In operation, the assembly formed by the assembled transfer plates 18 is placed above the reservoir platter 10 whose cavities 12 contain the liquids 14 that are to be transferred onto the receiving platter 16. Alignment is performed in such a way that having passed through the lid 30, each of the end portions 22 of the transfer plates 18 lies vertically above a cavity 12. When the ends of the plates are immersed in the liquid, this liquid is drawn up into the various ducts 26 through a capillary effect.

It is then necessary to press on the lid 30 in order to compress the bellows 32 so as to raise the pressure in the chamber by a few millibar, the pressure being read off a pressure gauge 60. Because of this rise in pressure, the liquid continues to rise up inside the ducts 26, passes through the narrowings 42, and comes to a halt at the spouts 40, through a surface tension effect.

In order to eject the liquid toward the receiving platter 16, all that is then required is for the computer 58 to be commanded to apply to the terminals of the electrodes 44 and 52 of each actuator 38 an electrical impulse that causes narrowing of the corresponding duct 26. Some of the liquid contained therein, prevented from flowing back by the narrowing 42, is thus ejected through the spout 40 and sprayed on to the receiving platter 16, at a clearly defined point.

The receiving platter 16 can thus receive an array of microdrops of liquid formed at the same number of rows and columns as the reservoir platter but, as already mentioned, at a greatly reduced scale. Typically, in the example described, the microdrops may have a volume from 20 pl to 1 nl.

Since the plates 18 contain a volume of liquid far greater than that of the ejected microdrops, several receiving platters 16 can then be used one after another.

In an alternative form of embodiment that has not been depicted, the ducts 26 could be subjected to the effect of two identical actuators 38 arranged face to face on the outside of each of the sheets that form the flexible plates. Such an arrangement allows better control over the direction in which the drops are ejected.

This description has been given with reference to a flexible plate formed of two sheets sealed together. As an alternative, the plates could be formed of three sheets, the central sheet of which would be pierced with through-openings forming the ducts.

There is thus produced a liquid dispenser that has the following main advantages:

    • because the impression head 24 and the fluid interface 20 are combined as a single piece, the plates 18, the path of the liquid is perfectly uniform and only a minimum amount of dead volume remains;
    • because the plates 18 are flexible, it is easier to adapt the device to suit reservoir platters 10 and receiving platters 16 of different sizes;
    • because the flexible plates 18 are formed of two polymer sheets assembled by lamination rather than bonding, any contamination with adhesive of the liquids flowing through the ducts is eliminated;
    • because each duct 26 can be controlled individually by an impulse that ejects a single microdrop, the uniformity in terms of volume of the microdrops can be guaranteed.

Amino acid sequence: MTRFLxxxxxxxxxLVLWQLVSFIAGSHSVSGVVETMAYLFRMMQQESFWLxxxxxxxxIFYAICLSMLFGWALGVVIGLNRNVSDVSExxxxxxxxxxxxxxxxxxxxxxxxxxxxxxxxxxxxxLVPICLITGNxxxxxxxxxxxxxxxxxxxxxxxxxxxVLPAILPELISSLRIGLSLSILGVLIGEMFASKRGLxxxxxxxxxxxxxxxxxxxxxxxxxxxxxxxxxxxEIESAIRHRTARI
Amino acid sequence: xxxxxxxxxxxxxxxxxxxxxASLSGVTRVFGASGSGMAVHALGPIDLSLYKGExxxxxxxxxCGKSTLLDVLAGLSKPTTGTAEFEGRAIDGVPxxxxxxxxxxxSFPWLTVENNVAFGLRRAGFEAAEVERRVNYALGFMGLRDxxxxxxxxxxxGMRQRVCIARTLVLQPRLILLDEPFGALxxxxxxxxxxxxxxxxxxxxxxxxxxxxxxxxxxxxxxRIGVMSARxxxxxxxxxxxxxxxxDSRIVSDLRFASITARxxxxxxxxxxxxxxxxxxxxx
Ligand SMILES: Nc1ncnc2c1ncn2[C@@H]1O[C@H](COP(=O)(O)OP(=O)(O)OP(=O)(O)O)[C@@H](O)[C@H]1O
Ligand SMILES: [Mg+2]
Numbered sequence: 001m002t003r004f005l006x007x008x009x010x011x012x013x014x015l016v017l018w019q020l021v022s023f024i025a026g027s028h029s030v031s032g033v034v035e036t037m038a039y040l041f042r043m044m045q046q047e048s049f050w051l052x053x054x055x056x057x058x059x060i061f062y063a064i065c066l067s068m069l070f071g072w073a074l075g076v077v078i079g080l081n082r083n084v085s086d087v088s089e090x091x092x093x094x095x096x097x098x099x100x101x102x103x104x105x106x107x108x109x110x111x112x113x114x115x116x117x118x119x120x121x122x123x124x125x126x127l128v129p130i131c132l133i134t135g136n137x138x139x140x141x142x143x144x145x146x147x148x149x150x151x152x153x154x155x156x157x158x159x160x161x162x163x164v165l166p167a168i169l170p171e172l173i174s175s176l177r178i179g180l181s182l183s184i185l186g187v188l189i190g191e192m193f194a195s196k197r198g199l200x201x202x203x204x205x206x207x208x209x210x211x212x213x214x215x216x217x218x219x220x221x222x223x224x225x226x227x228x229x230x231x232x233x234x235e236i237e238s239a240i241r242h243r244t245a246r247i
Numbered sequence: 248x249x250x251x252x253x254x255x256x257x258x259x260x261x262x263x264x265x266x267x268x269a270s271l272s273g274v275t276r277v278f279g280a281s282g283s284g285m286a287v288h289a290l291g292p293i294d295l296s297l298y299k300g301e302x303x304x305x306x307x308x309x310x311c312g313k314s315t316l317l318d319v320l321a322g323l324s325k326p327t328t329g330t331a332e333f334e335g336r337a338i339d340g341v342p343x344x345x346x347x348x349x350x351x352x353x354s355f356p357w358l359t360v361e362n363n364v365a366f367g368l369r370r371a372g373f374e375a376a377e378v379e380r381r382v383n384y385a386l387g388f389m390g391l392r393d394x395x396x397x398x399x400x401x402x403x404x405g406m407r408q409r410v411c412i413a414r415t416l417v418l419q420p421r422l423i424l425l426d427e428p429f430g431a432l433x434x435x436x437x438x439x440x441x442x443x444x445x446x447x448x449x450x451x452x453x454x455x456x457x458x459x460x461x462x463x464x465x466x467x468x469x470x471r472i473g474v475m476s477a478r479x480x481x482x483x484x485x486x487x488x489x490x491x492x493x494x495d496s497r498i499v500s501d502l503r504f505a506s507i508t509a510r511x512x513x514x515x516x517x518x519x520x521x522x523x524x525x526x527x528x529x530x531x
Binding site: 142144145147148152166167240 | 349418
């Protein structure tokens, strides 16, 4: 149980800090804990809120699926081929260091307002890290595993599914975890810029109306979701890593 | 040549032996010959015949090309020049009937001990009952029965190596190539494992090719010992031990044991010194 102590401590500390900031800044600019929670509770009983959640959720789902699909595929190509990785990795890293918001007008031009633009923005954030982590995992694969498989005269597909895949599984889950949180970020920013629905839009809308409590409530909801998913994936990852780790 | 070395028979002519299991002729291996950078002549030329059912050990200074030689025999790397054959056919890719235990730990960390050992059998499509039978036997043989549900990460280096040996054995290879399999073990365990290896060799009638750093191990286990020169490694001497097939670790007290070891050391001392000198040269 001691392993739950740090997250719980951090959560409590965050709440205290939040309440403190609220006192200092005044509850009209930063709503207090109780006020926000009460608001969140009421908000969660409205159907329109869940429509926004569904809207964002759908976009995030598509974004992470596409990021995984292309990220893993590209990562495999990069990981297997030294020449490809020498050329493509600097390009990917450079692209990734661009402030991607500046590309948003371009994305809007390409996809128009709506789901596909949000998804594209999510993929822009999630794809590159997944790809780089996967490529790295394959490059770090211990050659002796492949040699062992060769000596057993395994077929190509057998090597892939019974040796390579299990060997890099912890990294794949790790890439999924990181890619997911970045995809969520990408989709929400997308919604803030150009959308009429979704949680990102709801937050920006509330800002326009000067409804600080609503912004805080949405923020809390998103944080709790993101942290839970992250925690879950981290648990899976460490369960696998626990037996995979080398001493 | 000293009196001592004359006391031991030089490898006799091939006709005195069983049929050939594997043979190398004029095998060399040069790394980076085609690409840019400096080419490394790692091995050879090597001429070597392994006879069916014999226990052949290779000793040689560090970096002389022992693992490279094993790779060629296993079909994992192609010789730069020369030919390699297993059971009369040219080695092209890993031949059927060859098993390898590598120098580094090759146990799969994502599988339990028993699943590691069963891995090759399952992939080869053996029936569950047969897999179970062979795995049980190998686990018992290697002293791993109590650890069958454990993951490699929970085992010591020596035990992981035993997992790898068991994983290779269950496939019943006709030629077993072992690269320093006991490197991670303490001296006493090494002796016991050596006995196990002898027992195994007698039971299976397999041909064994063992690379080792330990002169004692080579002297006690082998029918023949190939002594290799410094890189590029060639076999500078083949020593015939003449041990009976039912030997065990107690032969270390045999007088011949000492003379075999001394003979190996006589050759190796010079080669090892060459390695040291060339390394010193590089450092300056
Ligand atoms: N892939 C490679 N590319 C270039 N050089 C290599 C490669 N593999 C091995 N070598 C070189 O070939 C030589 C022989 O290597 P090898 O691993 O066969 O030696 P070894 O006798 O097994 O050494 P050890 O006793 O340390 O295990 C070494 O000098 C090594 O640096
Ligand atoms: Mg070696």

Patent Citations
Cited PatentFiling datePublication dateApplicantTitle
US4058146Jul 11, 1975Nov 15, 1977Dynatech Laboratories IncorporatedMethod and apparatus for transferring liquid
US4621665Mar 19, 1985Nov 11, 1986Kernforschungsanlage Julich GmbhMethod of and apparatus for simultaneously filling the cup-shaped cavities of a microbeaker plate
US5518179 *Dec 4, 1992May 21, 1996The Technology Partnership LimitedFluid droplets production apparatus and method
US6318640 *Mar 24, 2000Nov 20, 2001Electrosols, Ltd.Dispensing device
EP0955084A1Apr 27, 1998Nov 10, 1999Corning IncorporatedRedrawn capillary imaging reservoir
WO1998029736A1Dec 31, 1997Jul 9, 1998Genometrix IncMultiplexed molecular analysis apparatus and method
Non-Patent Citations
Reference
1Blanchard, A.P. et al. "High-Density Oligonucleotides Arrays" Biosensors & Bioelectronics 11:6/7:686-690; 1996.
2Lander, E.S. "Array of Hope" Nature Genetics Supplement 21: Jan. 1999.
Referenced by
Citing PatentFiling datePublication dateApplicantTitle
US7958887 *Mar 8, 2007Jun 14, 2011Aradigm CorporationNozzle pore configuration for intrapulmonary delivery of aerosolized formulations
WO2013062580A1 *Oct 28, 2011May 2, 2013Hewlett-Packard Development Company, L.P.Parallel addressing method
Classifications
U.S. Classification141/130, 141/302, 239/102.2
International ClassificationB01L3/02
Cooperative ClassificationB01L3/0268, B01L3/021
European ClassificationB01L3/02D10
Legal Events
DateCodeEventDescription
Aug 6, 2013FPExpired due to failure to pay maintenance fee
Effective date: 20130614
Jun 14, 2013LAPSLapse for failure to pay maintenance fees
Jan 28, 2013REMIMaintenance fee reminder mailed
Dec 15, 2008FPAYFee payment
Year of fee payment: 4
Dec 24, 2003ASAssignment
Owner name: SEYONIC SA, SWITZERLAND
Free format text: ASSIGNMENT OF ASSIGNORS INTEREST;ASSIGNORS:BOILLAT, MARC;VAN DER SCHOOT, BART;KUONI, ANDREAS;AND OTHERS;REEL/FRAME:015482/0780
Effective date: 20031203
Owner name: SEYONIC SA PUITS-GODET 12NEUCHATEL, (1)CH-2000 /AE
Free format text: ASSIGNMENT OF ASSIGNORS INTEREST;ASSIGNORS:BOILLAT, MARC /AR;REEL/FRAME:015482/0780